More often than not, startup investment is the preserve of angel investors and venture capitalists. So, how can everyday people participate?

Interest rates have been at historic lows since the 2008 financial crisis. This means that retail savings products have offered little opportunity for ordinary people to maintain or grow their wealth. Ordinary investors have fared better in terms of return with equities purchased through stock market share trading platforms.

In contrast, investment in startups is much more high risk. More than 90% of European startups fail. However, a successful startup investment achieves an average return of 27%.

It’s easy to see why ordinary investors have wanted to gain access to this investment channel for some time. Angel investors, venture capital firms, and family and associates of startup owners account for the vast majority of startup funding. Nonetheless, demand from retail investors is being answered more and more, allowing them to invest in startups in a number of ways.

Equity crowdfunding: investing for the internet crowd

Equity crowdfunding is one such means for everyday people to gain exposure in startup investment. The funding method involves a company selling shares in the firm to the wider public online. From an ordinary investor’s point of view, they stand to profit from this type of investment if the company grows. This is because rather than annual trading profits distributed through dividends, investors collect rewards from the value appreciation of the company

For the company, the advantage over other means of fundraising is that it gains potentially hundreds of brand ambassadors.

SeedInvest is one company that provides an equity crowdfunding platform. The firm connects investors with startups that have been vetted beforehand. Over six years, SeedInvest has facilitated 250,000 investors in funding 150 startups, totalling  $150 million.

In Europe, similar platforms have sprung up in Britain – including Crowdcube, Seedrs and Funding Circle UK. Elsewhere, France, Belgium and the Netherlands host platforms like Ulele, MyMicroinvest and Symbid. As a result, the equity crowdfunding sector has grown from a small initial base. There are some shortcomings in terms of transparency, legal clarity and a need for greater investor protection in Europe. But, if these issues are addressed, this investing and funding sub-sector will be even better equipped for use by everyday people.

Tokenisation and initial coin offerings (ICOs)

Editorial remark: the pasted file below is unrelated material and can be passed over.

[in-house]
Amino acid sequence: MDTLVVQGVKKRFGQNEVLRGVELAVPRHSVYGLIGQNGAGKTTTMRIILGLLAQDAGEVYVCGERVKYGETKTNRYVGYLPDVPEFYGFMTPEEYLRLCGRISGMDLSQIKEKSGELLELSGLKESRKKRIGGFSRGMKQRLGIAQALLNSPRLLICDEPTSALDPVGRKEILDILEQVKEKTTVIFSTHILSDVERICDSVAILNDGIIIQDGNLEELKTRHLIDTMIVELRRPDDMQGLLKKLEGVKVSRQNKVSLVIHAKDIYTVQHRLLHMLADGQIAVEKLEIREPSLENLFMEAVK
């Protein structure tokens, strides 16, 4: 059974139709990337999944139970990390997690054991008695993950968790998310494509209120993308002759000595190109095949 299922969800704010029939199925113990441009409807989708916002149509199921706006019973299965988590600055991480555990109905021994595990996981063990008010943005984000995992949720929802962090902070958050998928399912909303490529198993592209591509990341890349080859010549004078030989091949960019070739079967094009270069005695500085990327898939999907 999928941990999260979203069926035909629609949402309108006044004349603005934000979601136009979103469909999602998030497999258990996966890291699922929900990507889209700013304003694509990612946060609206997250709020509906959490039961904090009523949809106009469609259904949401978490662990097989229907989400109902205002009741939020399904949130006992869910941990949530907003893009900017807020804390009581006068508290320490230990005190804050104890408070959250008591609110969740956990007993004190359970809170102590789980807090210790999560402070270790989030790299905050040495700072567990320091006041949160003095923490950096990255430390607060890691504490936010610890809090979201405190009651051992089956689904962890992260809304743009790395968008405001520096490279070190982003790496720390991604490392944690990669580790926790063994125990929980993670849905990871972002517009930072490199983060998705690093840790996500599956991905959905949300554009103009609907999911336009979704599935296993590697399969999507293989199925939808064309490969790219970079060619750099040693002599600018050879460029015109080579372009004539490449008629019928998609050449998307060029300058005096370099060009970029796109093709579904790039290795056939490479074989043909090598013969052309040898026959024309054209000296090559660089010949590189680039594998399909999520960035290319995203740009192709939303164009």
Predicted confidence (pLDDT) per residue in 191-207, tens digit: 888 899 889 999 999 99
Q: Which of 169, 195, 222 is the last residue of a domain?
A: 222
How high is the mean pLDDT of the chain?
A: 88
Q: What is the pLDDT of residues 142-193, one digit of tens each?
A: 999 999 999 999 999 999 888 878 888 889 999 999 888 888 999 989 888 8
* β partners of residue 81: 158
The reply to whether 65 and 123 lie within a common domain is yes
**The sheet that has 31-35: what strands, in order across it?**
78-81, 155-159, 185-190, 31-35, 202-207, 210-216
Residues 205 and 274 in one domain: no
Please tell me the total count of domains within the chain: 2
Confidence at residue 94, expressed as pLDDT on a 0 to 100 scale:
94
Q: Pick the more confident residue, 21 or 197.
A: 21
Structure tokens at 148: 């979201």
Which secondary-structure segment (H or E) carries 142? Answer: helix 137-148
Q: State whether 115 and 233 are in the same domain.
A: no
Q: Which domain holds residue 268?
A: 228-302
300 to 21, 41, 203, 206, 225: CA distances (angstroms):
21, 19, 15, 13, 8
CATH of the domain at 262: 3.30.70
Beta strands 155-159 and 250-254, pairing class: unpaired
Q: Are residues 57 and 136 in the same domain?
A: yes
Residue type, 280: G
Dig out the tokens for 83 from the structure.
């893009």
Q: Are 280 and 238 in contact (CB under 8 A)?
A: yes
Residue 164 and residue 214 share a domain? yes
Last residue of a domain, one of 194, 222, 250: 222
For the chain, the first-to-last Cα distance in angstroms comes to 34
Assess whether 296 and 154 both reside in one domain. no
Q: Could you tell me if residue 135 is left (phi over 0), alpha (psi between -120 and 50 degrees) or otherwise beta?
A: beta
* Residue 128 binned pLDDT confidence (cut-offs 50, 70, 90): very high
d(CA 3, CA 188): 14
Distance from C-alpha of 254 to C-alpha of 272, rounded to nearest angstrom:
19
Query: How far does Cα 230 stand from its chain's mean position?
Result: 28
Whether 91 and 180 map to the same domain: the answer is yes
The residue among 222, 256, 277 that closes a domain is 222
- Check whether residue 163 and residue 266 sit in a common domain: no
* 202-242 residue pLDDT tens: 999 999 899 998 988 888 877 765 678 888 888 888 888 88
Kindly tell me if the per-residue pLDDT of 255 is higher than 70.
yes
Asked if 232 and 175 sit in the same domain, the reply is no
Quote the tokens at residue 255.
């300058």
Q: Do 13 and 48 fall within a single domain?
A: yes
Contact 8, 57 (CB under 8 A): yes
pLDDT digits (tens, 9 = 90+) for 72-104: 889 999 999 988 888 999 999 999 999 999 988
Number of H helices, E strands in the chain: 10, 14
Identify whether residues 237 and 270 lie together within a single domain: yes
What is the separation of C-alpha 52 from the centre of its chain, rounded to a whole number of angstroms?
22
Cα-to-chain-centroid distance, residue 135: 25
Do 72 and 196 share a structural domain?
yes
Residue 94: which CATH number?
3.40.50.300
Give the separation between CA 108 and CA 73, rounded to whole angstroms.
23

An Initial Coin Offering is a fundraising mechanism through which new tech startups offer an underlying cryptocurrency token to investors. Unlike equity investment, the investor is not buying an ownership stake in the company.

The idea is that the startup uses funds raised to drive its business offering. In turn, the startup uses its own cryptocurrency token as a means for users to access the company’s services. An example would be Filecoin – a decentralised cloud storage platform that raised funds via ICO and enabled customers to use the token to access the platform.

Although startup investment is generally very risky, ICOs take the risk to a new level. The funding method peaked in 2018 and since then, projects have been mired in regulatory red tape. Not without good reason too. Many of the token offerings back in 2018 were out-and-out scams. Initial Exchange Offerings (IEOs) have followed with limited success. Alternatively, IEOs attempt to improve upon ICOs with the cryptocurrency exchange platform vetting startups prior to funding.

Pension fund choices for startup investment exposure

Probably the easiest choice for retail investors opting into startup investment is via pensions. Often, people have a choice in terms of the pension funds their pension is based on. There may be an option to change to one that has greater exposure to startup investment.

Startups are increasingly looking to pension funds for investment. Most people can switch to a more investment-friendly plan and not have to go to the trouble of participating in ICO financing or equity crowdfunding separately.

Regulators exist to protect the public. Yet, the argument could be made that regulators had previously deprived everyday people by limiting startup investment opportunities to accredited investors. However, everyday people now have a number of options to access startup investment. What’s more, the situation is mutually beneficial as startups and the greater economy benefit from the funding, while retail level investors diversify their investment portfolios.